Democrats in Congress are continuing a push to legalize marijuana, while a recent poll showed that 91 percent of Americans support legalizing the drug for either recreational or medicinal use.
Senate Majority Leader Chuck Schumer (D-N.Y.) said he expects to introduce legalization legislation to the Senate in “a few weeks” on Tuesday, a day that he called “a very unofficial American holiday, 4/20.” On the same day, the House passed the SAFE Banking Act, which offers protections for banks who do business with the marijuana industry in states where it is legal.
The House passed a bill that would legalize marijuana nationally in December, although it later died in the Senate. Last week, a poll from Pew Research showed that an overwhelming majority of Americans support legalizing the drug, with 60 percent supporting unrestricted legalization and another 31 percent supporting legalization for medical use only.
Only 8 percent of the poll’s respondents said marijuana should be illegal. Support for legalization has more than doubled over the past two decades and is likely to continue growing, with the oldest Americans remaining the most likely to still oppose legalization efforts. The change in attitudes towards marijuana have been reflected by the breakneck speed at which states have been legalizing the drug in recent years.
A majority of states now allow marijuana for either medical or adult recreational use, with 16 states and the District of Columbia having legalized it for recreational use. In 2012, Colorado became the first state to embrace full legalization. New York and New Mexico are the most recent states to legalize marijuana, passing laws over the past month.
Some legalization efforts have been nullified despite popular support. In November, a majority of South Dakota voters approved a measure that would have legalized the drug fully, but it was struck down in February after a legal challenge was launched by GOP Governor Kristi Noem. On Thursday, the Florida Supreme Court nixed a legalization ballot measure before voters in the state had a chance to weigh in.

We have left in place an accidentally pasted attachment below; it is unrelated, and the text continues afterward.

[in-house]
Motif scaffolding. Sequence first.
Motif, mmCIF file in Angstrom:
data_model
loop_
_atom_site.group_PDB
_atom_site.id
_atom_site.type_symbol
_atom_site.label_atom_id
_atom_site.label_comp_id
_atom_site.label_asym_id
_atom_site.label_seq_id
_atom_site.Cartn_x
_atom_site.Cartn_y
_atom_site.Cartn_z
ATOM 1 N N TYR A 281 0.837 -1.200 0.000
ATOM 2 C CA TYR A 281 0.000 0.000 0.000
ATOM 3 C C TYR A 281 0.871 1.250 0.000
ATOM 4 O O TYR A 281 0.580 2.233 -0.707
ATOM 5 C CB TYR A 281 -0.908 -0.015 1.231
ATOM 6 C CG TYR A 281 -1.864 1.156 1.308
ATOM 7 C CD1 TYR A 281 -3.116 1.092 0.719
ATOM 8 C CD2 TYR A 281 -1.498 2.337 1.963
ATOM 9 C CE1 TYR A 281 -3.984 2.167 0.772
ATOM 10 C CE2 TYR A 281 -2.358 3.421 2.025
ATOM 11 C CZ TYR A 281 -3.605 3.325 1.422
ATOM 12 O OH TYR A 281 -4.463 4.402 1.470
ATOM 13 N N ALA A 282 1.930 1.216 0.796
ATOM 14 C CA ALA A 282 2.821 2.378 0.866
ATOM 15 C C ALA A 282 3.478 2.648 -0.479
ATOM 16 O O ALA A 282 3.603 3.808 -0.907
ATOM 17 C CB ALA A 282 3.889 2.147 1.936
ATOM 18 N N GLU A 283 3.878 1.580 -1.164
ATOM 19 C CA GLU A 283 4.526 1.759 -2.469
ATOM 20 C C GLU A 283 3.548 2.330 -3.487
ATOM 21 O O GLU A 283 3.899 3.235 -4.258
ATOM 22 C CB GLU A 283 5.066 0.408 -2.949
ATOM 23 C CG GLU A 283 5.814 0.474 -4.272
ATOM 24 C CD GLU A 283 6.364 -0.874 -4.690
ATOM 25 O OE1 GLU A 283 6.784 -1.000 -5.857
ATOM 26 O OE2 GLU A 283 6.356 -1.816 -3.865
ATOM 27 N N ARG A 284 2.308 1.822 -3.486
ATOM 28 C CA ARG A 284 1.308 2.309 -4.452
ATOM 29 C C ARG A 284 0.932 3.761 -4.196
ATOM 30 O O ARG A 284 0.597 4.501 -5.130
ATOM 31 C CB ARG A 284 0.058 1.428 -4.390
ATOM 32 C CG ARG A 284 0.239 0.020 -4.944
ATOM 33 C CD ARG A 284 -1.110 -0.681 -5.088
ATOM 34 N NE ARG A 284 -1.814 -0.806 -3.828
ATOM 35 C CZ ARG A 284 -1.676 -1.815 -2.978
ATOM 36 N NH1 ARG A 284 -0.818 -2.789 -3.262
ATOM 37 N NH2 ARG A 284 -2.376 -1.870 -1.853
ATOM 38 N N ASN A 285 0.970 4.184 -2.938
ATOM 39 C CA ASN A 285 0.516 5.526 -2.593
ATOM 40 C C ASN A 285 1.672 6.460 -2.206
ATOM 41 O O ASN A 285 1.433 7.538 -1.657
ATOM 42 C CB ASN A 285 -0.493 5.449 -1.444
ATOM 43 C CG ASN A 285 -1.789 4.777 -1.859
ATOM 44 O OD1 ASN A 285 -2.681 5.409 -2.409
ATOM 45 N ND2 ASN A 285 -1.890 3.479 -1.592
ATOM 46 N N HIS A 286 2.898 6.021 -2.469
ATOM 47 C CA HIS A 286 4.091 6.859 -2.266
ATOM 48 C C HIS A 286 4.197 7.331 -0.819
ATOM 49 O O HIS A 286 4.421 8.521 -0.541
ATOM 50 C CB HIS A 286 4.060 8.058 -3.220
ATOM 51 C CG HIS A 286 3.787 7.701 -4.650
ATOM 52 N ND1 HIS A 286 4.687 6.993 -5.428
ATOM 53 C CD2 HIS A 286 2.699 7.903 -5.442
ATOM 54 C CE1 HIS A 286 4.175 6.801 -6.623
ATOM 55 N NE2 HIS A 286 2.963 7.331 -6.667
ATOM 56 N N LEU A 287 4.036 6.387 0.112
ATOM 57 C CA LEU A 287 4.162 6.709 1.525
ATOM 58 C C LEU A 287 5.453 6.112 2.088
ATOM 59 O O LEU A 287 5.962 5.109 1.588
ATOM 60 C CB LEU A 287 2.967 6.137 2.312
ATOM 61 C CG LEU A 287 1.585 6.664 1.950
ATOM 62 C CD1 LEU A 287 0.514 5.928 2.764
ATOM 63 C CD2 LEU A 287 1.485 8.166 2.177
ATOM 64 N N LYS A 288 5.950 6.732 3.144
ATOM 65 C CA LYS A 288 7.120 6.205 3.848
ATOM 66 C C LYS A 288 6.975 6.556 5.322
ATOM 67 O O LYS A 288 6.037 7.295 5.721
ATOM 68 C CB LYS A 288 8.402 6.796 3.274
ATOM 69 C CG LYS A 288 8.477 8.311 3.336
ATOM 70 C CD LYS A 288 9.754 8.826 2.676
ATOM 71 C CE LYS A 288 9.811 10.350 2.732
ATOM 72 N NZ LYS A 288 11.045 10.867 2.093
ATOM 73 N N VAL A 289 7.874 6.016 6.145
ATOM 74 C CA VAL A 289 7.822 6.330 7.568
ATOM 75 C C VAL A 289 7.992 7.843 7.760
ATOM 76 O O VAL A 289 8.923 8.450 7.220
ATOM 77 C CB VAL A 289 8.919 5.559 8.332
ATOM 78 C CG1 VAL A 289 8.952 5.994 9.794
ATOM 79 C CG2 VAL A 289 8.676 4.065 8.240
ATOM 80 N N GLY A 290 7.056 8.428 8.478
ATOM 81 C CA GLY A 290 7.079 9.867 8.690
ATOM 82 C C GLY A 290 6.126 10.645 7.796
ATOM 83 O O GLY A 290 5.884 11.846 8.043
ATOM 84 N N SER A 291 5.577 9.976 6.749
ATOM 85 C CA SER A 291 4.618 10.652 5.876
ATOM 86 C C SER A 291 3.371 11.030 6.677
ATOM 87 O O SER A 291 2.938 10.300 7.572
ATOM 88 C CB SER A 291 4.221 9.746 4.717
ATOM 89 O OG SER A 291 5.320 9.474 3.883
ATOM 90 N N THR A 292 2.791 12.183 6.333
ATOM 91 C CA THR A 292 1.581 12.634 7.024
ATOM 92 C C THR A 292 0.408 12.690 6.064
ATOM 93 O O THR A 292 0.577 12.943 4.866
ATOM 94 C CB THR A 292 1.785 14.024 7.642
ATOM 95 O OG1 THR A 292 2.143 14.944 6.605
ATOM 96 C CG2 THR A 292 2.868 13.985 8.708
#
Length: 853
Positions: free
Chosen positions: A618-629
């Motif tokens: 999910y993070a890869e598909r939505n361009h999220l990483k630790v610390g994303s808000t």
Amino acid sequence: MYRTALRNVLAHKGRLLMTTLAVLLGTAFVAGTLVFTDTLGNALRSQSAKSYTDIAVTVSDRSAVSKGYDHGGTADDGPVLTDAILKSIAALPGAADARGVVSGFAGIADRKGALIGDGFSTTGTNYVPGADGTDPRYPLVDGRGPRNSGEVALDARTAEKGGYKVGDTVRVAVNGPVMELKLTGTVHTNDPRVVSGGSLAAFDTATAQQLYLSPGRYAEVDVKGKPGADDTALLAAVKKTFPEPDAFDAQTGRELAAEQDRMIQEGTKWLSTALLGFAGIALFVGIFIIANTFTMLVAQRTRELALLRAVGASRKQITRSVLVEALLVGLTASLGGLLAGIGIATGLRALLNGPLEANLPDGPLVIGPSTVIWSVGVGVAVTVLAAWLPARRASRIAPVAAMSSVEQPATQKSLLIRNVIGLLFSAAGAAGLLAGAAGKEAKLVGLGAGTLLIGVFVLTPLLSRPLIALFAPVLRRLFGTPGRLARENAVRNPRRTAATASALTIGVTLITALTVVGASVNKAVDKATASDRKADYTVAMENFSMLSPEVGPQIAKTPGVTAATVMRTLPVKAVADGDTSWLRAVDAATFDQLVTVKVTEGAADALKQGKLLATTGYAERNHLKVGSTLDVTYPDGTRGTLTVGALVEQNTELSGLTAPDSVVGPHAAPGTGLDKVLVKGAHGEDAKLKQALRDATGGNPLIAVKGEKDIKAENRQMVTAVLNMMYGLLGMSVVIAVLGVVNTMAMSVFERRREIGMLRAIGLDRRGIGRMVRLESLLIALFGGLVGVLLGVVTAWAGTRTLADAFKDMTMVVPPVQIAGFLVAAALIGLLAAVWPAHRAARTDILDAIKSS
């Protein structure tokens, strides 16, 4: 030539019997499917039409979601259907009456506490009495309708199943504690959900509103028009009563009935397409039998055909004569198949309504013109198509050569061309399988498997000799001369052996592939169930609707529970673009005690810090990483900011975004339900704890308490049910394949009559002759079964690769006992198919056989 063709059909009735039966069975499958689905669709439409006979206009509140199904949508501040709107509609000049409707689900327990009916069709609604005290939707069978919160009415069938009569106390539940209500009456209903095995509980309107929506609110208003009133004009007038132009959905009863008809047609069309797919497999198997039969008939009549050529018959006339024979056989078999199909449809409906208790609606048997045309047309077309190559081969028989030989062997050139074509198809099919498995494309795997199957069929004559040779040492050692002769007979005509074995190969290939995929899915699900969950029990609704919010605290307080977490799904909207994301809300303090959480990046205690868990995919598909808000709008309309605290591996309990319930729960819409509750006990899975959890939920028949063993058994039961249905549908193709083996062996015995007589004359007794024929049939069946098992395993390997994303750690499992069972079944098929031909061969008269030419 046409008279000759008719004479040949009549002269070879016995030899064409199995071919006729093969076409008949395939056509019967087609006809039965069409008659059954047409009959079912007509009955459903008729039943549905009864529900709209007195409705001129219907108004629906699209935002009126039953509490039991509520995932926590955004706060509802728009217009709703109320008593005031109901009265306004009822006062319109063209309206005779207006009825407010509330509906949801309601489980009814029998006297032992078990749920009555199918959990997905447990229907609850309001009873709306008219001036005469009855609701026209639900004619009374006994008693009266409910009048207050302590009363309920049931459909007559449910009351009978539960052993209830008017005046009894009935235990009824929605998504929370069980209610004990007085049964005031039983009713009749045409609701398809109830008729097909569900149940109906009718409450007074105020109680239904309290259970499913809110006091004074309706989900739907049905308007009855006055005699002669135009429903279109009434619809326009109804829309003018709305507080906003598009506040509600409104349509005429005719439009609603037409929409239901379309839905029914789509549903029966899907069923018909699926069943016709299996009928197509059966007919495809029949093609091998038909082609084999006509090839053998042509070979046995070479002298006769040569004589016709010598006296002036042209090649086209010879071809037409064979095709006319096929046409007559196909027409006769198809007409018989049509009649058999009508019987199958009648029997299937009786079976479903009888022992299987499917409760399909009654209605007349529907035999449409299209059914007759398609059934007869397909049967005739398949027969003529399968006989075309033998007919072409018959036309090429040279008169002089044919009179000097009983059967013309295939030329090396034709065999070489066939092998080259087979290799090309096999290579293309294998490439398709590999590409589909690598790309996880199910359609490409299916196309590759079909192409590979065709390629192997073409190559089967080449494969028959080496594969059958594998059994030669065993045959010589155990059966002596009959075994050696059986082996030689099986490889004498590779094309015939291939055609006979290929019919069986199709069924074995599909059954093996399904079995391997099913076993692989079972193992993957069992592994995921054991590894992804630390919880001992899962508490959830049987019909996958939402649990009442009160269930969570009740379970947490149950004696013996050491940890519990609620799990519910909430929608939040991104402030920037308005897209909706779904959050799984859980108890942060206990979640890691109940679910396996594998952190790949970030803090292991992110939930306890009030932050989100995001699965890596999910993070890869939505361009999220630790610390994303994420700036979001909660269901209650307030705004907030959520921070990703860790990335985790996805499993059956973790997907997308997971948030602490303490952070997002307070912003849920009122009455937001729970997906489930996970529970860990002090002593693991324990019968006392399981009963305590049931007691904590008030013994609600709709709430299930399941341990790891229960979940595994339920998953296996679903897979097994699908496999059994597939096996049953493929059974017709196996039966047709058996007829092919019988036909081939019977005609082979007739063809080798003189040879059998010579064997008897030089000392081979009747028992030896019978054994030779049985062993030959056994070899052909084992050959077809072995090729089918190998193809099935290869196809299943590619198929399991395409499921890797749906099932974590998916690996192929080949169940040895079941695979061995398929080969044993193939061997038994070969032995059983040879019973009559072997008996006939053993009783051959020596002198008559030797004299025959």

Despite what appears to be overwhelming support among Americans, efforts to change marijuana laws at the national level still face considerable resistance from some members of Congress. While the House already voted to legalize marijuana once, it is not clear that a renewed push will overcome hurdles in the Senate any time soon.
In addition to a large number of Republicans who oppose legalization, a minority of Democrats have also made it clear that they do not endorse efforts to change the status quo. Sen. Jeanne Shaheen (D-N.H.) told Politico on Tuesday that she believes marijuana is “a way that more people get into drugs” that are more dangerous.
President Joe Biden could also be a potential roadblock even if a bill were to pass Congress. White House Press Secretary Jen Psaki said during a Tuesday press conference that Biden does support decriminalization and the legalization of medicinal marijuana, while refusing to answer a question about whether he would sign a bill for full legalization.
“The President supports leaving decisions regarding legalization for recreational use up to the states,” Psaki said. “He supports decriminalizing marijuana use and automatically expunging any prior criminal records. He also supports legalizing medicinal marijuana … which isn’t the same as what the House and Senate have proposed, but they have not yet passed a bill.”
Newsweek reached out to the White House for comment.